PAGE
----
GLOBAL - Recently, countries all over the world have been struggling to meet their international climate commitments. Nature-based approaches, such as using the potential of mangroves, seagrasses, or salt marshes to sequester carbon provide a promising solution and could help nations significantly reduce their greenhouse gas emissions and mitigate climate change. However, due to the complexity of calculating how much carbon wetlands and other coastal ecosystems can sequester and where to implement such strategies in order to maximize the co-benefits for the climate, economy, or flood risk reduction, major coastal countries, including the United States, have largely overlooked such “blue carbon strategies.” Now, a team of researchers led by Stanford University has quantified the value of Belize’s coastal mangrove forests in terms of how much carbon they can hold, what value they can add to fisheries and tourism, and what protection they can provide against coastal storms and other risks. Their findings could help chart a path to mitigate climate change, while also boosting the economy and making communities safer. “The U.S. has one of the largest coastlines in the world, and extensive wetlands,” said study lead author Katie Arkema, a senior Earth scientist at the Pacific Northwest National Laboratory, who conducted this research during a fellowship at the Stanford Natural Capital Project. “This paper offers an approach we could use for setting evidence-based climate resilience and economic development goals.”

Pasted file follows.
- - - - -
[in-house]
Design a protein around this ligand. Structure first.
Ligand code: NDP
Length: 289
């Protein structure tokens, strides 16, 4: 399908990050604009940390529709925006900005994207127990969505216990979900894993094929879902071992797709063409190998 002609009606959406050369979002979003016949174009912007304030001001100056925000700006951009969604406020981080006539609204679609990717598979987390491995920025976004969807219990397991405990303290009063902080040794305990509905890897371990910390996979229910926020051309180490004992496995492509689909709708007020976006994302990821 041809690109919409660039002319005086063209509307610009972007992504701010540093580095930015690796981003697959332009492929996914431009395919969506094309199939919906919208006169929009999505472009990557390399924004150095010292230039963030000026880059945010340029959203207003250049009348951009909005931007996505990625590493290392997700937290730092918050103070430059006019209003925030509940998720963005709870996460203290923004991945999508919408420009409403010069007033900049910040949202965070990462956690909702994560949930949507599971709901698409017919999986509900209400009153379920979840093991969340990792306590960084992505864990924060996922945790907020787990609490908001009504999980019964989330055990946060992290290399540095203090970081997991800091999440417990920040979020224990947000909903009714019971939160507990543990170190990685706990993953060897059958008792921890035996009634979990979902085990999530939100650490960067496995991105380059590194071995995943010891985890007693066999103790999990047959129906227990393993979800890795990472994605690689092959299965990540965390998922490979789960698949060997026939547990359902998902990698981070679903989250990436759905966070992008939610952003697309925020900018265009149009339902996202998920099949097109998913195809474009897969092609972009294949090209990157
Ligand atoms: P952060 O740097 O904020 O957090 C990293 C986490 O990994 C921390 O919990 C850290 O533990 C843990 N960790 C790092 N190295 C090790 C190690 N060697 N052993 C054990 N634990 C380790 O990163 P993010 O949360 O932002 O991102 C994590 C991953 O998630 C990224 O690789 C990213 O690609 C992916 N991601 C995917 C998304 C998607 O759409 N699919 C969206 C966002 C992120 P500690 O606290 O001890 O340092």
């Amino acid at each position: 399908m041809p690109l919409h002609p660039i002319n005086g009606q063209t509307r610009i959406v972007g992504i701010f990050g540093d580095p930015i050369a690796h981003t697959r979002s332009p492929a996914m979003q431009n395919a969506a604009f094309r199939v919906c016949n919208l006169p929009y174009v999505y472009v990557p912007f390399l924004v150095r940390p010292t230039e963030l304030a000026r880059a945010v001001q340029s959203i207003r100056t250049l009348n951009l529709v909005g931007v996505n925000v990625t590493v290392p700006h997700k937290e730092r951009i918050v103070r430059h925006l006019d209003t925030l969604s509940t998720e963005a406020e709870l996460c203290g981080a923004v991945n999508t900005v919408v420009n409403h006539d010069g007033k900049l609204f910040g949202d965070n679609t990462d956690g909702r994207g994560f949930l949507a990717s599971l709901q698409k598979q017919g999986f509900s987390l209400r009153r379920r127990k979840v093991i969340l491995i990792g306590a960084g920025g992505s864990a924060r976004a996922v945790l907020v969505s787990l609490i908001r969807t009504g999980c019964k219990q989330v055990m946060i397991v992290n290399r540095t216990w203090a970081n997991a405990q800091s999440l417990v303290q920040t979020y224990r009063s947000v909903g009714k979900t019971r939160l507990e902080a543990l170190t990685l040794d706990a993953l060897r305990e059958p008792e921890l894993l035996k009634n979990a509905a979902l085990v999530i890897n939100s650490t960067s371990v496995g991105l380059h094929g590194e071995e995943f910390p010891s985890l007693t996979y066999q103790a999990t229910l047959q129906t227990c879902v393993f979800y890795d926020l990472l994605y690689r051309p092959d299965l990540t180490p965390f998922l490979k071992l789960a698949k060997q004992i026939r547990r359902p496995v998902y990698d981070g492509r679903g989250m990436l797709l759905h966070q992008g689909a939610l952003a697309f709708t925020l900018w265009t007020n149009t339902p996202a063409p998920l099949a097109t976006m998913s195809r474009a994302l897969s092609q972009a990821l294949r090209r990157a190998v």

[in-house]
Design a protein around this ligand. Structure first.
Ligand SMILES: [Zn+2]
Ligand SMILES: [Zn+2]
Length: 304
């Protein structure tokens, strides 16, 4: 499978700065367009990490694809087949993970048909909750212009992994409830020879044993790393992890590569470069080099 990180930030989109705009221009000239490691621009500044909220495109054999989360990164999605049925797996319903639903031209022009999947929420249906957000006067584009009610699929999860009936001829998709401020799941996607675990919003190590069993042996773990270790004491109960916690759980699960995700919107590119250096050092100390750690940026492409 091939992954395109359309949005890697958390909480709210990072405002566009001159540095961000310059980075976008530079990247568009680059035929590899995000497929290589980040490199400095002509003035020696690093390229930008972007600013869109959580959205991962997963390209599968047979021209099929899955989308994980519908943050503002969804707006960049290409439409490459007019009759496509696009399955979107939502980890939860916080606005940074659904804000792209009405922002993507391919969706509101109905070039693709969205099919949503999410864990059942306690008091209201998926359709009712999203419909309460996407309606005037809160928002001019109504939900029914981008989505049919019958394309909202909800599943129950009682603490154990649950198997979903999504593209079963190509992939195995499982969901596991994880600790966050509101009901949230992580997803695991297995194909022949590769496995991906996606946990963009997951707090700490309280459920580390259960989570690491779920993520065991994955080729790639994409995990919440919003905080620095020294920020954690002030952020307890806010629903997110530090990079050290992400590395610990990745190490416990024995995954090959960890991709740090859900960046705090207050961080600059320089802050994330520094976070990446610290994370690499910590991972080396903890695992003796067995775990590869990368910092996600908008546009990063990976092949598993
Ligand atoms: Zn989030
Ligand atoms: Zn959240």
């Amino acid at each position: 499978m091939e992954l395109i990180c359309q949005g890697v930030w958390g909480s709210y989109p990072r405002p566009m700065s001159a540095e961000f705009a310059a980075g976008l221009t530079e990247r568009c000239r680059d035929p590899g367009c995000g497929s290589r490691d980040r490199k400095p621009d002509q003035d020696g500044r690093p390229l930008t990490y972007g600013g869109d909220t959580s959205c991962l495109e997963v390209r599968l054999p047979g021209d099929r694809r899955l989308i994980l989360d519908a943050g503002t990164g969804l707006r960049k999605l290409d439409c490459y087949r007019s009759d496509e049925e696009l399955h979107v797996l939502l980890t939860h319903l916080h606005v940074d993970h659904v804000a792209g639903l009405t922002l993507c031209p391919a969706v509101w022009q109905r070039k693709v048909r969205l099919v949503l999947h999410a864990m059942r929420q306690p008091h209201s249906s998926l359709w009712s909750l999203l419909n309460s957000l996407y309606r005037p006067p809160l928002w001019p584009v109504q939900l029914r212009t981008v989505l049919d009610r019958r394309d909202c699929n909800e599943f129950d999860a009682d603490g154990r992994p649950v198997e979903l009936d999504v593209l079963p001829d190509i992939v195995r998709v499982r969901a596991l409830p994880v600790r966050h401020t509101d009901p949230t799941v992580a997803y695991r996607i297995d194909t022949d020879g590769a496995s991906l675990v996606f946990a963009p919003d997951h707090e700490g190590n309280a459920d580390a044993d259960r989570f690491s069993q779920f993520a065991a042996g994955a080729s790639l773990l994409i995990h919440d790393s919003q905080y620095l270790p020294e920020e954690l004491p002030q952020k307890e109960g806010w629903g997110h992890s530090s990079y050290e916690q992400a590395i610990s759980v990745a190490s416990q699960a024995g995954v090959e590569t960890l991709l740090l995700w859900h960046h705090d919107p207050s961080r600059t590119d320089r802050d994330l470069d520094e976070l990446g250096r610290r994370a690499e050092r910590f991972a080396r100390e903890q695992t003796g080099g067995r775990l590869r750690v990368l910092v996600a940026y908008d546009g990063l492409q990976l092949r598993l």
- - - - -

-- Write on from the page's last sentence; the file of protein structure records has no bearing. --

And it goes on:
MEXICO - In Mexico, there are very few studies on the forest loss that the country has suffered due to oil palm expansion. The issue is even controversial among researchers, producers and officials. Many insist this monoculture is not a direct driver of deforestation in the region, especially since most of the plantations were installed on land used for cattle raising or agriculture. However, recent research published in May 2021 by the University of Greifswald in Germany in collaboration with the Center for Studies of Change in the Mexican Countryside and the civil association México vía Berlín, with funds from the German Foundation for Scientific Research, provides data that show how palm oil has taken over forests, jungles and mangroves. Based on cartographic analyses and satellite images, the authors of the study “Cultivation of Oil Palm in Mexico,” coordinated by Anne Cristina de la Vega-Leinert and Daniel Sandoval, determined that between 2014 and 2019, at least 5,400 ha (13,343 acres) of forests and jungle were lost by the expansion of palm. This is based on a national sampling of 62,057 ha (153,346 acres) with oil palm crops. The deforested areas are located mainly in the municipality Benemérito de las Américas in Palenque, Chiapas, and in the states of Campeche, Veracruz and Tabasco. In the municipalities of Benemérito de las Américas, Marqués de Comillas, Palenque and Salto de Agua, in Chiapas, the authors detected that high jungle was lost. In Veracruz, oak forests were deforested in Soteapan and Soconusco.